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There are currently 59 Altar'd State locations sprinkled throughout the South and Midwest, in 19 different states. The company's website details its history, which began with a single "modern Christian retail store" in Knoxville, Tennessee. It claims to "donate a total of 1% of all sales to local and international charities" and "fund employee volunteer hours each month." Despite its large footprint (59 stores! 19 states!), you can't find out much more about the brand than what I've just told you. This, my editor tells me, is a story.
So I contact corporate headquarters in Knoxville. They initially seem receptive to participating in this story, but after four weeks of back and forth, the company's home office withdraws its cooperation. The questions I sent over elicited "hesitations" from the leadership team, my point of contact explains in her last, apologetic email.
Then I reach out to 26 current and former Altar'd State employees for more information. All 26 either flat-out reject or ignore my pleas to briefly chat. I desperately want to talk to someone, anyone, with a direct connection to the company. But no one at Altar'd State wants to talk. Well, some want to talk — but they can't, legally speaking. They've all signed an NDA.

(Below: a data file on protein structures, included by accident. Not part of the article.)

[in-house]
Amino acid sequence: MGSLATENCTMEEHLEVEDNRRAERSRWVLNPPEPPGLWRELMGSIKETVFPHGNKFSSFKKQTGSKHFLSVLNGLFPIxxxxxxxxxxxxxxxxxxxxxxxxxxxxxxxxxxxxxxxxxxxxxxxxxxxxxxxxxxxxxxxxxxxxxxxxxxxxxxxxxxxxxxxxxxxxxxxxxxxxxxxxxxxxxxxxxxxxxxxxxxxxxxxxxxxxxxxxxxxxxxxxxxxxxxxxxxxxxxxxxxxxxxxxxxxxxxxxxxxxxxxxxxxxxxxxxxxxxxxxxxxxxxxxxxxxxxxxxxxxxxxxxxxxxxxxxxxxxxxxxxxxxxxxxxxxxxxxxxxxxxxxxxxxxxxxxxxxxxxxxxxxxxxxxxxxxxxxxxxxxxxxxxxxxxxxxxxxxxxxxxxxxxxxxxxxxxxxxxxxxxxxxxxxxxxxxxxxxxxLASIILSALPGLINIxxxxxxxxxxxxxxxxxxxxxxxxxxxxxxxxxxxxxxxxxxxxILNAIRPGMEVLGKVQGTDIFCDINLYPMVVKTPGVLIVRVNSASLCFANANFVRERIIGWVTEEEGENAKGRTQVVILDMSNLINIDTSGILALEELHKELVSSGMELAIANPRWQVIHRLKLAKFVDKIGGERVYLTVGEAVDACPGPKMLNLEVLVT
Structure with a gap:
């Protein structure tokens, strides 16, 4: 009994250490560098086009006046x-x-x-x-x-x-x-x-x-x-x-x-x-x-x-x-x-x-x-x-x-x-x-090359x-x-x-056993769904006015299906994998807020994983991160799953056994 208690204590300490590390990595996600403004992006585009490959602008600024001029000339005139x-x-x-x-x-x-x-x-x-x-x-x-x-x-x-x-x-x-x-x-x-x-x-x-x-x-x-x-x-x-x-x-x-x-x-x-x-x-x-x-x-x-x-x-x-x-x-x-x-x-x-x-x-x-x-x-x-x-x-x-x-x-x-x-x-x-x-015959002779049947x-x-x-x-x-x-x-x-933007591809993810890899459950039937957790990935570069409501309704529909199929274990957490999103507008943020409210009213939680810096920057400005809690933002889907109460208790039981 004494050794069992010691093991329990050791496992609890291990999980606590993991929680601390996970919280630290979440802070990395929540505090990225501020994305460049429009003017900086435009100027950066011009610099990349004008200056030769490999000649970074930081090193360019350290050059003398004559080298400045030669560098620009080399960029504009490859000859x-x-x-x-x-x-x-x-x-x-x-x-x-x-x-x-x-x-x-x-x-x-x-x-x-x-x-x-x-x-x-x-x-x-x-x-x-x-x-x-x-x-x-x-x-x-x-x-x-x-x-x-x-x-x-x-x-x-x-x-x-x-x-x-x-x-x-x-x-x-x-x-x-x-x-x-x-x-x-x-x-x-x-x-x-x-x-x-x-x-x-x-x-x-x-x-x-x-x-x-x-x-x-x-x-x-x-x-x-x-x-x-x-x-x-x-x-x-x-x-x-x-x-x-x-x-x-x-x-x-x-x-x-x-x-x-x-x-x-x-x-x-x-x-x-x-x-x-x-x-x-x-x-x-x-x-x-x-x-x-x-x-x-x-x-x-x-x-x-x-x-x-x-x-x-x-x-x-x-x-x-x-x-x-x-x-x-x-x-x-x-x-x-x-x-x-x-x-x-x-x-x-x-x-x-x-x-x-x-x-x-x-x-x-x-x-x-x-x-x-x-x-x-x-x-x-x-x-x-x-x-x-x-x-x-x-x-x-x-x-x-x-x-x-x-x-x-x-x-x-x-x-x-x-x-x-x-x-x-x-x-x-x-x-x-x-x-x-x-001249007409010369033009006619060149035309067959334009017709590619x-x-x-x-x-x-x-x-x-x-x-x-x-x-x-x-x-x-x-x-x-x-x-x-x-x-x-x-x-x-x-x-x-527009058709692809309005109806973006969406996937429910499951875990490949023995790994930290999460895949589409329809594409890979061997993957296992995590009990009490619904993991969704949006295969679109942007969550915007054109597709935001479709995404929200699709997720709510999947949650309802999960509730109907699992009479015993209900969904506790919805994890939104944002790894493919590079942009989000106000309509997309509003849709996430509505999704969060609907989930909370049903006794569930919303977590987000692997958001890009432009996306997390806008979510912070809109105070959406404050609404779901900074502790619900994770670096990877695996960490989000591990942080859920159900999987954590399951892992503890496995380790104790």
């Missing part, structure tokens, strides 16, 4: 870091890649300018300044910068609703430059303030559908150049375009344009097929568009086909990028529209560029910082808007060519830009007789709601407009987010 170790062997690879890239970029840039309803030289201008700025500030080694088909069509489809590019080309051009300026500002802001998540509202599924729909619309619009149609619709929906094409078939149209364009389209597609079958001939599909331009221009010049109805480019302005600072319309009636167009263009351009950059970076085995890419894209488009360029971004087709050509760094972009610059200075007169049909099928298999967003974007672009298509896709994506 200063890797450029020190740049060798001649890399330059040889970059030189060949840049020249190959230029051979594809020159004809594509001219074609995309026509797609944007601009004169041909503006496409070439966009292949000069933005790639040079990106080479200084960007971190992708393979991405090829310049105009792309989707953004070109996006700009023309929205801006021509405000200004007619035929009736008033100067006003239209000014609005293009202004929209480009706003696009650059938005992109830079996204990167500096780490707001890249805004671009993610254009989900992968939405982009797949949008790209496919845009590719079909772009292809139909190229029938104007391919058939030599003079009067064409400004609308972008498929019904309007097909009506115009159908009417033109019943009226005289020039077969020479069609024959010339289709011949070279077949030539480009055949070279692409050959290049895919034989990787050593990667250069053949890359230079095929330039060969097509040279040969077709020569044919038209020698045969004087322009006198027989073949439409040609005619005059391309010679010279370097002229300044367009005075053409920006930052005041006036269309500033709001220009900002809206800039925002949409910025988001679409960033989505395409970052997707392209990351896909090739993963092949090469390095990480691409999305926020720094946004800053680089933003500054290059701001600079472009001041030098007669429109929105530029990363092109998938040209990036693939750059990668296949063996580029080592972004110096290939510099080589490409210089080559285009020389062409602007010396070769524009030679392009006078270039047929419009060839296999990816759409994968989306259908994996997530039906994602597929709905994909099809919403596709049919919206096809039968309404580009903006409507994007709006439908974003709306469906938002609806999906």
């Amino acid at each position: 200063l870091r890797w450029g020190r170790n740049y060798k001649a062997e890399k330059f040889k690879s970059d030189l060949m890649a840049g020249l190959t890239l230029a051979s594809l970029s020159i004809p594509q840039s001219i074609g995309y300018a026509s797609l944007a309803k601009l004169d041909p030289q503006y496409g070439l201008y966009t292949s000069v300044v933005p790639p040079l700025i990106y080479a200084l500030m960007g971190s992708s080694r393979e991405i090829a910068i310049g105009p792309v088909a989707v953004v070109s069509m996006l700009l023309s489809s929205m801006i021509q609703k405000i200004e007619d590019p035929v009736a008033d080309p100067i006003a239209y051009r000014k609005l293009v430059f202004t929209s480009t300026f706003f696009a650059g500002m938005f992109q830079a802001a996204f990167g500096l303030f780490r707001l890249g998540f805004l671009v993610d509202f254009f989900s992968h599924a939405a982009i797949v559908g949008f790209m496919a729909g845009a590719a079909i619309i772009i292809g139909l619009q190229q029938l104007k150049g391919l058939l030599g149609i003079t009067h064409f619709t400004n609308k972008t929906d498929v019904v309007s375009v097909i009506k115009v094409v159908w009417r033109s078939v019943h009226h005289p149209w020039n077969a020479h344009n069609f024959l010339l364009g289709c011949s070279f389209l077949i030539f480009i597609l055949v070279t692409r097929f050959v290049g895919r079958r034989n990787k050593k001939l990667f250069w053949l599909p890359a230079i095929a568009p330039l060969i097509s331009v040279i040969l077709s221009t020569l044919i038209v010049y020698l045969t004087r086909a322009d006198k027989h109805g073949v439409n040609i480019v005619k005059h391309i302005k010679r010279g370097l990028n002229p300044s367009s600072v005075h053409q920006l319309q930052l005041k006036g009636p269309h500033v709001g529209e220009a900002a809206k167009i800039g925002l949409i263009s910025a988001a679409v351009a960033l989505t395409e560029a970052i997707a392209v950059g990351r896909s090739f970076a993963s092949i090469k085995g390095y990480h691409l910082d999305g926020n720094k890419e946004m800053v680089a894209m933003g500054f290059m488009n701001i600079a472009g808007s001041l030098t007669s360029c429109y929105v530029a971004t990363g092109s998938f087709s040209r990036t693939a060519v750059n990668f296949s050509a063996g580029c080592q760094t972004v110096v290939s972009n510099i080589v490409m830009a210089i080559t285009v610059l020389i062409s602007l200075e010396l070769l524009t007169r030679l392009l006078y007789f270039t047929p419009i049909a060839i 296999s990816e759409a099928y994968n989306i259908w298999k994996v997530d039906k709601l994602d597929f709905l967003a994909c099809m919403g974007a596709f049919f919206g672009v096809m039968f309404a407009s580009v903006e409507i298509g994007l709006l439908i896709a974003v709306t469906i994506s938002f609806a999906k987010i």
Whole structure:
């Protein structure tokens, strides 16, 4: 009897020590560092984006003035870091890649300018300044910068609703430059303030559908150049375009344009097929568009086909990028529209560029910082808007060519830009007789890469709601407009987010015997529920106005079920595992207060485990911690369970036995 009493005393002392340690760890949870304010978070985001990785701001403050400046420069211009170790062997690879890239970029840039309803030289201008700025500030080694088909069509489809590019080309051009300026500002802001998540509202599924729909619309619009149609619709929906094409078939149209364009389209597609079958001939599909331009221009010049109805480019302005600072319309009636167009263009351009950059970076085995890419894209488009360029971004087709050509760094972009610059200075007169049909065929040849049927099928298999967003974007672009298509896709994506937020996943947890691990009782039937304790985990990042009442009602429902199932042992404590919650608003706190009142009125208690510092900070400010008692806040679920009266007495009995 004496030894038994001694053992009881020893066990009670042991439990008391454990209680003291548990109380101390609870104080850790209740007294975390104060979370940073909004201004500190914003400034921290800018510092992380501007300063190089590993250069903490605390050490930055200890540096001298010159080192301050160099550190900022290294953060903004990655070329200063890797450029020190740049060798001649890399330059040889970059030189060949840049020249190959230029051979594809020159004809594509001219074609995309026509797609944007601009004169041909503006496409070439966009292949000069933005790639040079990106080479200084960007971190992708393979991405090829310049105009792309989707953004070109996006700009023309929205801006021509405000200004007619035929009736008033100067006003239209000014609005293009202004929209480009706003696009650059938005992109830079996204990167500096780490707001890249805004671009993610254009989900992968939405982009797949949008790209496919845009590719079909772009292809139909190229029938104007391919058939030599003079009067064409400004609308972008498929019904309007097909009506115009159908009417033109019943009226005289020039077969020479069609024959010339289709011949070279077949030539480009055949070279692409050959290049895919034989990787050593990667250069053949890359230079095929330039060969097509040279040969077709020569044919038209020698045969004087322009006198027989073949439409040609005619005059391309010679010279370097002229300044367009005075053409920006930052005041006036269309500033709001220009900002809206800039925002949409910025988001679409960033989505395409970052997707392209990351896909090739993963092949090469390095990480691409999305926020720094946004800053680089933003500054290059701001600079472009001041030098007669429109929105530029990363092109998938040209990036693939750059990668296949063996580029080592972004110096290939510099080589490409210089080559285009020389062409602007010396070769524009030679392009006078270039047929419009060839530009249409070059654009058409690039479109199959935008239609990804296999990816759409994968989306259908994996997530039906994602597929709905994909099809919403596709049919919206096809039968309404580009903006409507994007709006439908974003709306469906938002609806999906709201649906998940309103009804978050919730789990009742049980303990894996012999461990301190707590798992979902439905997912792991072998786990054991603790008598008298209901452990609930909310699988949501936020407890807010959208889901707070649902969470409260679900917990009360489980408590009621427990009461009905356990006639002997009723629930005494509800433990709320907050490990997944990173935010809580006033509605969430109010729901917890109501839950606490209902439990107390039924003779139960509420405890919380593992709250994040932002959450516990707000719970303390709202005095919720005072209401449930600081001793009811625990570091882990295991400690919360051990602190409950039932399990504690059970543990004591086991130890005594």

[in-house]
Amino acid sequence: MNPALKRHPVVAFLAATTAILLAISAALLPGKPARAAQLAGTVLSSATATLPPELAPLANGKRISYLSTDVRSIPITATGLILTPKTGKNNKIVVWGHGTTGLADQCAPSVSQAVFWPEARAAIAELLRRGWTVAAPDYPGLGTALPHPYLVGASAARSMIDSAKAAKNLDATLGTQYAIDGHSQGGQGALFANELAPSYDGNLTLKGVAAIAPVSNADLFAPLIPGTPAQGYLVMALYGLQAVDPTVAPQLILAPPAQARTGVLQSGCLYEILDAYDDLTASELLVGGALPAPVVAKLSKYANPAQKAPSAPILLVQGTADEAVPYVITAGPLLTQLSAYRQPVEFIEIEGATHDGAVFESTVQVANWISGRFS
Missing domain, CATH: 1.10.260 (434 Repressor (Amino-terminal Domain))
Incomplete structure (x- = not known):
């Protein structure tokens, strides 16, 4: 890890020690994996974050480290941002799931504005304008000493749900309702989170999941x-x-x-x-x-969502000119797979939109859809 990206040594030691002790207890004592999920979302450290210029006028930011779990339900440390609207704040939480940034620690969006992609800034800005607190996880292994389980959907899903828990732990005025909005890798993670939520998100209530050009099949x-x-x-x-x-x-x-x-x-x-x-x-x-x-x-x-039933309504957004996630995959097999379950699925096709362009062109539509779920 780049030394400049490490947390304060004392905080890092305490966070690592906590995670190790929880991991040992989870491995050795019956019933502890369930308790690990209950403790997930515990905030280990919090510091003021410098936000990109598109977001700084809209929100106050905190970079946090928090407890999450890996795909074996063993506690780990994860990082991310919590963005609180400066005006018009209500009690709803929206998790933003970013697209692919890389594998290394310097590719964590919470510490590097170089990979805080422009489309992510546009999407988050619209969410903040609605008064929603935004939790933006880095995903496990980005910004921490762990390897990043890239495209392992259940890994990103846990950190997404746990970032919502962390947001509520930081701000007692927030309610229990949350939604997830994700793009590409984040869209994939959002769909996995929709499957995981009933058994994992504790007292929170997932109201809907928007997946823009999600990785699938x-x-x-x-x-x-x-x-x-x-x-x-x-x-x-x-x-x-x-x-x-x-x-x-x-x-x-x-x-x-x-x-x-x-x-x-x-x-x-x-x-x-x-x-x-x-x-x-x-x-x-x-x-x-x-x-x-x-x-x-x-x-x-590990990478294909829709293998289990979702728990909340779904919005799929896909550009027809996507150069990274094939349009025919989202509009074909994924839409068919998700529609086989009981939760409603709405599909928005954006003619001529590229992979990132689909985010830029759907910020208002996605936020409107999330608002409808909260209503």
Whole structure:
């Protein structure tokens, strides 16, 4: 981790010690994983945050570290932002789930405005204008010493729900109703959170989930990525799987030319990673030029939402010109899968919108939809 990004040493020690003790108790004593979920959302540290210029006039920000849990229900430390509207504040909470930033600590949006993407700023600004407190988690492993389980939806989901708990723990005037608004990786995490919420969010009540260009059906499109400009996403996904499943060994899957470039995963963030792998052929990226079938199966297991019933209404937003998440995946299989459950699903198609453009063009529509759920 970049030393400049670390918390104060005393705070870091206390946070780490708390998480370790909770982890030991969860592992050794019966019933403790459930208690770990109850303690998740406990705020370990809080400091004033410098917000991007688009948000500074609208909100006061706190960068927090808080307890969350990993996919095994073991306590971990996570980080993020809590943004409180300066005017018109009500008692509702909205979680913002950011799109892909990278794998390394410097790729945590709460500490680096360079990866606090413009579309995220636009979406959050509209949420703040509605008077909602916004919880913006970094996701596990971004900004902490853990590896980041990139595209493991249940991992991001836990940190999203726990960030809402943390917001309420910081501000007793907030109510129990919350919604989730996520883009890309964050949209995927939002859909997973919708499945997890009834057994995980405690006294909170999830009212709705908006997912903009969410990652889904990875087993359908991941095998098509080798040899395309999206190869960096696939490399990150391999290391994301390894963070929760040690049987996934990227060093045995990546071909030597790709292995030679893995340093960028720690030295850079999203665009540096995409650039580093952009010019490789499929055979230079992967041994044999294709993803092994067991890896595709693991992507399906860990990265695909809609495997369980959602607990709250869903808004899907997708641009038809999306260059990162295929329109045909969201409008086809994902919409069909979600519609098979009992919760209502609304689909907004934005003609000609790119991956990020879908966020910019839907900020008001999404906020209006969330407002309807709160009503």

As a reporter, you train for this sort of reluctance when covering covert military activity, the sex lives of political figures, or Star Wars plot rumors. But what does a clothing company that trades in moderately-priced blouses and wood blocks posterized with inoffensive truisms have to hide? Altar'd State seems innocuous enough, if not wholly well-intentioned.
What little information, criticism, or even news there is out there about the company, in the bowels of the internet, is limited to local news sites, personal blogs, and job listing aggregators. If the company does have anything to hide, it's the 2.4 rating it holds on Glassdoor, a vast company review database that archives millions of employee-submitted evaluations.
"If you want an accurate representation of the company, the reviews on Glassdoor are pretty spot-on," a former employee who requested anonymity tells me. "To be honest with you, I used to believe in everything Altar'd State stood for as a company. However, after working there for four years, I no longer do. If you want a positive outlook on the company, I won't be a good person to interview."
"If you want a positive outlook on the company, I won't be a good person to interview."
But I'm not looking for a positive outlook — I'm just looking for an outlook, period. Altar'd State stores house prayer request books in their dressing rooms, and I seriously consider taking out a whole page in the journal at the store near my Austin home to scribble down my phone number and doodle a prayer hands emoji. Because all I want is some (any!) information, and all I have are the 76 reviews on Glassdoor, a relatively small and entirely anonymous sample, but one that can't be discounted considering the range of geographic locations they cite and the consistency in their pros and cons. Just 37 percent of the reviewers approve of the CEO.